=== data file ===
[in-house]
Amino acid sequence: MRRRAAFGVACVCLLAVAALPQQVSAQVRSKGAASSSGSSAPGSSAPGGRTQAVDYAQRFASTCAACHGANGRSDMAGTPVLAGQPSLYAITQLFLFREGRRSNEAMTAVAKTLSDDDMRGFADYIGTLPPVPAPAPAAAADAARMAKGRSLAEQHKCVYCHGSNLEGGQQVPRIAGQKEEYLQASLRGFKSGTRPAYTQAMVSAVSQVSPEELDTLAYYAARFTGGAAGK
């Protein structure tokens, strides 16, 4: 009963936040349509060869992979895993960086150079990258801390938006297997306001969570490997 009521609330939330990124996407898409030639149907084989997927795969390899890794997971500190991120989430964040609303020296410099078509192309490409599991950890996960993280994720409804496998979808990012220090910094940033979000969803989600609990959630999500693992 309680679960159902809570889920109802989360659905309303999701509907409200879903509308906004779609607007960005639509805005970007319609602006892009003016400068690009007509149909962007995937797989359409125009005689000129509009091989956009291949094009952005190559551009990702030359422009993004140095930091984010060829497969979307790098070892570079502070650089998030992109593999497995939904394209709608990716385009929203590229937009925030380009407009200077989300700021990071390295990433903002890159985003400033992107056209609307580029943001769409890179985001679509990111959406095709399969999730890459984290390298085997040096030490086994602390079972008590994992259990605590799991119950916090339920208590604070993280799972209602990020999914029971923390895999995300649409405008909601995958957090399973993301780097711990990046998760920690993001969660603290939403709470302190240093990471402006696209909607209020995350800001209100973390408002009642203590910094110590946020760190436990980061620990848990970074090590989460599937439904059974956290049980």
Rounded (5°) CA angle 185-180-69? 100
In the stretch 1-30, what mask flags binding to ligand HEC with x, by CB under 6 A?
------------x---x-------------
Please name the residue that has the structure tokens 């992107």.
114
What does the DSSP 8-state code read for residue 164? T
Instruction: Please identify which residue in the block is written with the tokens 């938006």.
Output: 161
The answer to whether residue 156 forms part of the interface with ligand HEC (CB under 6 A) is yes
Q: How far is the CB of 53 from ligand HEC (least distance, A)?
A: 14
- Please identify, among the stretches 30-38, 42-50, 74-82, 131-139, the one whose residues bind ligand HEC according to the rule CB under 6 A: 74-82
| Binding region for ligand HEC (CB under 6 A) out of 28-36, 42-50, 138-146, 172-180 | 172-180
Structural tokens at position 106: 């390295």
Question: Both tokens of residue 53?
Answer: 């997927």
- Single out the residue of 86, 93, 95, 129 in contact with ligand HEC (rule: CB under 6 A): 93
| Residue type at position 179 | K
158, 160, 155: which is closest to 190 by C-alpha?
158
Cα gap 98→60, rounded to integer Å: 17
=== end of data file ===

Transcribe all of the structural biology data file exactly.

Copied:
[in-house]
Amino acid sequence: MRRRAAFGVACVCLLAVAALPQQVSAQVRSKGAASSSGSSAPGSSAPGGRTQAVDYAQRFASTCAACHGANGRSDMAGTPVLAGQPSLYAITQLFLFREGRRSNEAMTAVAKTLSDDDMRGFADYIGTLPPVPAPAPAAAADAARMAKGRSLAEQHKCVYCHGSNLEGGQQVPRIAGQKEEYLQASLRGFKSGTRPAYTQAMVSAVSQVSPEELDTLAYYAARFTGGAAGK
């Protein structure tokens, strides 16, 4: 009963936040349509060869992979895993960086150079990258801390938006297997306001969570490997 009521609330939330990124996407898409030639149907084989997927795969390899890794997971500190991120989430964040609303020296410099078509192309490409599991950890996960993280994720409804496998979808990012220090910094940033979000969803989600609990959630999500693992 309680679960159902809570889920109802989360659905309303999701509907409200879903509308906004779609607007960005639509805005970007319609602006892009003016400068690009007509149909962007995937797989359409125009005689000129509009091989956009291949094009952005190559551009990702030359422009993004140095930091984010060829497969979307790098070892570079502070650089998030992109593999497995939904394209709608990716385009929203590229937009925030380009407009200077989300700021990071390295990433903002890159985003400033992107056209609307580029943001769409890179985001679509990111959406095709399969999730890459984290390298085997040096030490086994602390079972008590994992259990605590799991119950916090339920208590604070993280799972209602990020999914029971923390895999995300649409405008909601995958957090399973993301780097711990990046998760920690993001969660603290939403709470302190240093990471402006696209909607209020995350800001209100973390408002009642203590910094110590946020760190436990980061620990848990970074090590989460599937439904059974956290049980």
Rounded (5°) CA angle 185-180-69? 100
In the stretch 1-30, what mask flags binding to ligand HEC with x, by CB under 6 A?
------------x---x-------------
Please name the residue that has the structure tokens 């992107």.
114
What does the DSSP 8-state code read for residue 164? T
Instruction: Please identify which residue in the block is written with the tokens 């938006």.
Output: 161
The answer to whether residue 156 forms part of the interface with ligand HEC (CB under 6 A) is yes
Q: How far is the CB of 53 from ligand HEC (least distance, A)?
A: 14
- Please identify, among the stretches 30-38, 42-50, 74-82, 131-139, the one whose residues bind ligand HEC according to the rule CB under 6 A: 74-82
| Binding region for ligand HEC (CB under 6 A) out of 28-36, 42-50, 138-146, 172-180 | 172-180
Structural tokens at position 106: 């390295």
Question: Both tokens of residue 53?
Answer: 């997927």
- Single out the residue of 86, 93, 95, 129 in contact with ligand HEC (rule: CB under 6 A): 93
| Residue type at position 179 | K
158, 160, 155: which is closest to 190 by C-alpha?
158
Cα gap 98→60, rounded to integer Å: 17